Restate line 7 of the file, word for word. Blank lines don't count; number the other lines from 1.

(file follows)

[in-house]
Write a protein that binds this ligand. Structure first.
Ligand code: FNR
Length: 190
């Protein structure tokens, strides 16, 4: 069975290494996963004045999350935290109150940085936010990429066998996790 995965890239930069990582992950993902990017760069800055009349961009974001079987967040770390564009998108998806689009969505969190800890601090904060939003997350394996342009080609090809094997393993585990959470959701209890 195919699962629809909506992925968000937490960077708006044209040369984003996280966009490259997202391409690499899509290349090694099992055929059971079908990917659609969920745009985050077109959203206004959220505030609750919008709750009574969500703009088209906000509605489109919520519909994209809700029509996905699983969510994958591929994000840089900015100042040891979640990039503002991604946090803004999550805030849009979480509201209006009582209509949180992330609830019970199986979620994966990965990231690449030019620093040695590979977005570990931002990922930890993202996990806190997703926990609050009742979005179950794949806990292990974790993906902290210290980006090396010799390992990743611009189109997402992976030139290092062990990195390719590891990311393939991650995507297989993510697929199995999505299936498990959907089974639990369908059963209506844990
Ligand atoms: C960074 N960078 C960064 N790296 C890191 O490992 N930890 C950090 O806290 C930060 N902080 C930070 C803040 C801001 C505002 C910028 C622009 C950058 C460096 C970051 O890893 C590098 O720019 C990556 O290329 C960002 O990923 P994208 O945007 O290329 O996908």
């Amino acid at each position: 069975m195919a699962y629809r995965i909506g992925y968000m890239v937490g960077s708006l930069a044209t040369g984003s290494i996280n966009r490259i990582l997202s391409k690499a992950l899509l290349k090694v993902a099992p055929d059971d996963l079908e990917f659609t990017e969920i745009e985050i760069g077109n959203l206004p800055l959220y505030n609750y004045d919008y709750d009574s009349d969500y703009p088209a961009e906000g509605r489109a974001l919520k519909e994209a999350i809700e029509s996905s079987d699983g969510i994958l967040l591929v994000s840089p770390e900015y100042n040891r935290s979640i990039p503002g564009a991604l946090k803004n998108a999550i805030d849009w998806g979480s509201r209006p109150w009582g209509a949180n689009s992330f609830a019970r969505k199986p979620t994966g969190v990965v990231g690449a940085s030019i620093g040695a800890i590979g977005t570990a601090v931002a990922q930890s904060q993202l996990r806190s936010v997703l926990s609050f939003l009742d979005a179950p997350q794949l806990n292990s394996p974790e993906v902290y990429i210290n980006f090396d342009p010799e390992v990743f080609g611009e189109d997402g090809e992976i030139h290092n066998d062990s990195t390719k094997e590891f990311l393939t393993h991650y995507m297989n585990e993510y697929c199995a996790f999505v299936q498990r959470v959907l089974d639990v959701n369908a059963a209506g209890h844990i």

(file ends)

């Amino acid at each position: 069975m195919a699962y629809r995965i909506g992925y968000m890239v937490g960077s708006l930069a044209t040369g984003s290494i996280n966009r490259i990582l997202s391409k690499a992950l899509l290349k090694v993902a099992p055929d059971d996963l079908e990917f659609t990017e969920i745009e985050i760069g077109n959203l206004p800055l959220y505030n609750y004045d919008y709750d009574s009349d969500y703009p088209a961009e906000g509605r489109a974001l919520k519909e994209a999350i809700e029509s996905s079987d699983g969510i994958l967040l591929v994000s840089p770390e900015y100042n040891r935290s979640i990039p503002g564009a991604l946090k803004n998108a999550i805030d849009w998806g979480s509201r209006p109150w009582g209509a949180n689009s992330f609830a019970r969505k199986p979620t994966g969190v990965v990231g690449a940085s030019i620093g040695a800890i590979g977005t570990a601090v931002a990922q930890s904060q993202l996990r806190s936010v997703l926990s609050f939003l009742d979005a179950p997350q794949l806990n292990s394996p974790e993906v902290y990429i210290n980006f090396d342009p010799e390992v990743f080609g611009e189109d997402g090809e992976i030139h290092n066998d062990s990195t390719k094997e590891f990311l393939t393993h991650y995507m297989n585990e993510y697929c199995a996790f999505v299936q498990r959470v959907l089974d639990v959701n369908a059963a209506g209890h844990i």